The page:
Many homes wouldn’t feel complete without the love and companionship of a pet, and new programs offered through the St. Charles Park District will show young children how to provide care for these furry family members.
The park district is partnering with Little Medical School Chicago West to present Little Veterinarian classes. Geared to children ages 4 to 10, the classes will explore how to nurture animals – dogs and cats come in the form of cuddly plush toys – with physical examinations, tick removal and lessons on animal nutrition. Classes will run on Tuesdays from Jan. 18 through Feb. 22, with Little Veterinarian (Dog) taking place from 4:30 to 5:30 p.m. and its feline counterpart from 5:45 to 6:45 p.m. Both programs will take place at Pottawatomie Community Center.
Young community members also can sign up for Wilderness Medicine, another program of Little Medical School Chicago West. This course allows children to navigate the potential perils of the great outdoors with lessons in dangerous pests and plants, ways to fashion tourniquets and splints in the event of injury and even how to clean water so it’s safe to drink. Wilderness Medicine will take place from 10:30 to 11:30 a.m. Saturdays from Jan. 15 through Feb. 19 Pottawatomie Community Center.
“We’re excited to offer these niche, one-of-a-kind programs for the community,” said Alex Weidner, aquatics and youth programs supervisor for the park district. “In the last year or so, we’ve seen explosive growth in our programs that involve animals. It seems like people just really want to reconnect with other people and animals, and the Little Veterinarian classes are a great way to do that.”
The STEM-based programs are not only fun for young students, but can support a child’s burgeoning desire to learn more about a given line of work, said Shaun Willis, president of Little Medical School Chicago West. With its headquarters in St. Louis, Little Medical School is a franchise with locations across the globe.
“Our feedback shows that parents most often sign their kids up because a student displays an interest in the medical field,” Willis said.
“A lot of our content is material kids haven’t seen before,” he added.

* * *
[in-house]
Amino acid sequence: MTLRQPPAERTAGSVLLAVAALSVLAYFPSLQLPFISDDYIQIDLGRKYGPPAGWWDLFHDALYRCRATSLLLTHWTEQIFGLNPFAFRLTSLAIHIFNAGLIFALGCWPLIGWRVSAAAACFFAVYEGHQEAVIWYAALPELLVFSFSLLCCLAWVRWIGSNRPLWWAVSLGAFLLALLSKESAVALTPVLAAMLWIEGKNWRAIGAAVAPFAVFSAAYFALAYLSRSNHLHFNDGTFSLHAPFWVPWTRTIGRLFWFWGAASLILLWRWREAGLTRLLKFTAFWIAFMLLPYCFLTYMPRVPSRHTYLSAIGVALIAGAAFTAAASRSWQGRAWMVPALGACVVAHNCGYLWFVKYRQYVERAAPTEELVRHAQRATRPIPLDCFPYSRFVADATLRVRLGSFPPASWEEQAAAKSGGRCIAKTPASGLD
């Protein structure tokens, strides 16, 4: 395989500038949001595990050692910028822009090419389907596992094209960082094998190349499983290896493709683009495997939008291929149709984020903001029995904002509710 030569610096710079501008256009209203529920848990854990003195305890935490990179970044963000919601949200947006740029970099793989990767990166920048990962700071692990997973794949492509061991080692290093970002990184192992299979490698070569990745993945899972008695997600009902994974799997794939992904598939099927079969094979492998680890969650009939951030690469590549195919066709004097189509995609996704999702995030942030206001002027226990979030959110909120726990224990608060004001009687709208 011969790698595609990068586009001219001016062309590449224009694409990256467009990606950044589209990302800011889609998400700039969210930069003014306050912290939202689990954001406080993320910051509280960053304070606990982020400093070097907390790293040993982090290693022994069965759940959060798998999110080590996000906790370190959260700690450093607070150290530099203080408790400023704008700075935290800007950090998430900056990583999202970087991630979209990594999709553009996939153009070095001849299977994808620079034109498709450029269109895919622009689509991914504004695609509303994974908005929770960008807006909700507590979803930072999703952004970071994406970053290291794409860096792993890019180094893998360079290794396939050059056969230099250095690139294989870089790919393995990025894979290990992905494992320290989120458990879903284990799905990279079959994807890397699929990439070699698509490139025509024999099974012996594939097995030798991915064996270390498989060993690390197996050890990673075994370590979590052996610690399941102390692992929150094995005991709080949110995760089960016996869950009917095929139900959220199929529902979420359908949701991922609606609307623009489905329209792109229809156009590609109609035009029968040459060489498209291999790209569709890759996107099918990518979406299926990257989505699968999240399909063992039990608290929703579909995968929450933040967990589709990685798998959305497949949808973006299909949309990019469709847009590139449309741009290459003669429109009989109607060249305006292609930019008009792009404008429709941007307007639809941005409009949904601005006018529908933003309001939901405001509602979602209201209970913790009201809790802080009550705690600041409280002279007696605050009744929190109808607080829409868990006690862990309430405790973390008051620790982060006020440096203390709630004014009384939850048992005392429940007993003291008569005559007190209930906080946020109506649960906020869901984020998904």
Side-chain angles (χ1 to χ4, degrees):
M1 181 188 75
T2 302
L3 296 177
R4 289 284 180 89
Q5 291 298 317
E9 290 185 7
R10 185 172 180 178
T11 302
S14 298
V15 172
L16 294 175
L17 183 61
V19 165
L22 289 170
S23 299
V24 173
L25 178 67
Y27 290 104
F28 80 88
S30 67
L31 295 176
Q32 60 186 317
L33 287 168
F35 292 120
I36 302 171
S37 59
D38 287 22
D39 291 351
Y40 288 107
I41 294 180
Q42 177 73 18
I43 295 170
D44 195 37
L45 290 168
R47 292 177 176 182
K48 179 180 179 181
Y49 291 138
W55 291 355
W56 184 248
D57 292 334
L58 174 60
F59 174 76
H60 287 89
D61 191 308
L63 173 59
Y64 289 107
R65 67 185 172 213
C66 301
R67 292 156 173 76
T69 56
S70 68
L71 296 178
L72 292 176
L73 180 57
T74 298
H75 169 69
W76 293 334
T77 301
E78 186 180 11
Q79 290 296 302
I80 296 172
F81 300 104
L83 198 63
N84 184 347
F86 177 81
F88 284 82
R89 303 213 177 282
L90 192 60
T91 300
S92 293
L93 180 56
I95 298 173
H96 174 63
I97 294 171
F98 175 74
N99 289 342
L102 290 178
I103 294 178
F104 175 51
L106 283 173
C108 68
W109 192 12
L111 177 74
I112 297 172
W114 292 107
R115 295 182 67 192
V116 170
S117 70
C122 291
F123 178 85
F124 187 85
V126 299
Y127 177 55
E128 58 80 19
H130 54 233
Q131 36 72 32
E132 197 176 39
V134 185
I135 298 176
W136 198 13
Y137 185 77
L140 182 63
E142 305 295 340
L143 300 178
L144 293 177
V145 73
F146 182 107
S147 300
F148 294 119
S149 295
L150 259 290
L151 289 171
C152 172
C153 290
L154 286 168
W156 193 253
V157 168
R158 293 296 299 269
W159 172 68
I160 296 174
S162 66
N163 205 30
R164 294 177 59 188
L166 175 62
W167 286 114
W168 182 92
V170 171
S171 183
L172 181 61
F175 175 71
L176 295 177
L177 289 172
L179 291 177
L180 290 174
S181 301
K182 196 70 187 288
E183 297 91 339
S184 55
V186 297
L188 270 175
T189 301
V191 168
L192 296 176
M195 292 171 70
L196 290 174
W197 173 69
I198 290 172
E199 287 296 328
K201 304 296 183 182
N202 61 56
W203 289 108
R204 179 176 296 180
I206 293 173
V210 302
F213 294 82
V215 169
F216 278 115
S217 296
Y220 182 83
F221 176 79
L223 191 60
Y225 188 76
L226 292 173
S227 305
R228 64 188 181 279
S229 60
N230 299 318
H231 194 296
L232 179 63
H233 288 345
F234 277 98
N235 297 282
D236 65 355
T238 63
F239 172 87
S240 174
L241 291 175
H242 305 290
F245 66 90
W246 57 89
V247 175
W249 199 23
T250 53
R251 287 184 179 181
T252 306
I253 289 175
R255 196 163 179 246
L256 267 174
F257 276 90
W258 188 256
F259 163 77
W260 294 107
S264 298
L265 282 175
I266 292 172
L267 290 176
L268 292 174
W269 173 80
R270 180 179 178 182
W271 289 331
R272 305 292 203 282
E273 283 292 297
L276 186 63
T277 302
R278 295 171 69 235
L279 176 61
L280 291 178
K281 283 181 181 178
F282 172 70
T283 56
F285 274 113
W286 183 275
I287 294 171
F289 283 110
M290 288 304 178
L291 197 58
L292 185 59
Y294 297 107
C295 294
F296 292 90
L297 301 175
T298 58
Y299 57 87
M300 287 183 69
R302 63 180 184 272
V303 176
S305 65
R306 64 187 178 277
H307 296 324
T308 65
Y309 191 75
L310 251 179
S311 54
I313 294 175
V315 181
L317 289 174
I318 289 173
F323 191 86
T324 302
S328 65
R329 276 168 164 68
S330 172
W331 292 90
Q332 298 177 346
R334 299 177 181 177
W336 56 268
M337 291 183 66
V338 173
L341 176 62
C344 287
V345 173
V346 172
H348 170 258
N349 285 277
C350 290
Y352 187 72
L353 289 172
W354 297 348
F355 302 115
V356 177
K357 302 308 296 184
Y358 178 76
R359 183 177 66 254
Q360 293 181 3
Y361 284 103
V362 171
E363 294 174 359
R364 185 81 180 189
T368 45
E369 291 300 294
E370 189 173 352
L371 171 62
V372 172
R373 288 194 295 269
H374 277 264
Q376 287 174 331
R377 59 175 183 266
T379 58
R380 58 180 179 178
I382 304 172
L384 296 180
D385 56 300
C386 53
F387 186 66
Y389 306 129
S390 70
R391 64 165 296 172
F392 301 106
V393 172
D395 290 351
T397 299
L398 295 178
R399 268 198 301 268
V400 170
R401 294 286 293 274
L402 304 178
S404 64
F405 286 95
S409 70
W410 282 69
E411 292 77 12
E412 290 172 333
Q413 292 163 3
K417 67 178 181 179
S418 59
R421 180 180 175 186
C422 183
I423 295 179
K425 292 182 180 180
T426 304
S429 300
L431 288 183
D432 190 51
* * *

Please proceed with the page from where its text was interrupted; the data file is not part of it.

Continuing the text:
Courses typically are taught by pre-med students, with curriculum developed by board-certified physicians, as well as educators who work to ensure information is accessible and formulated in a way that fosters active learning.
“We focus on as much engagement as possible,” Willis said. “We look for a lot of participation, and the curriculum is not so advanced that a younger child can’t follow.”
In Little Veterinarian courses, children put their newfound knowledge into practice by using a mortar and pestle to crush medicine intended for an animal. Students grip safe, blunt-tip needles to do sutures and learn how to monitor and care for the affected area. At-home tasks are addressed, such as proper setup and maintenance of a cat litter box and how to make treats and toys.
Courses use supplies that are easy to come by, and material is formatted so children can take the information home with them to share with their families.
“There are a lot of ways for parents to get more involved,” Willis said.
Willis particularly enjoys seeing how students respond to the information and exercises showcased in Wilderness Medicine.
“The program includes so many fun activities,” he said.
Among them is concocting homemade repellent to ward off mosquitos and learning 20 ways to use a bandana. The class covers other real-world dangers such as snake bites and hypothermia, so students leave armed with know-how about nature.
At the end of every program, students will have the opportunity to mark their achievements with a special diploma.
For information and to sign up for the classes, visit www.stcparks.org/register.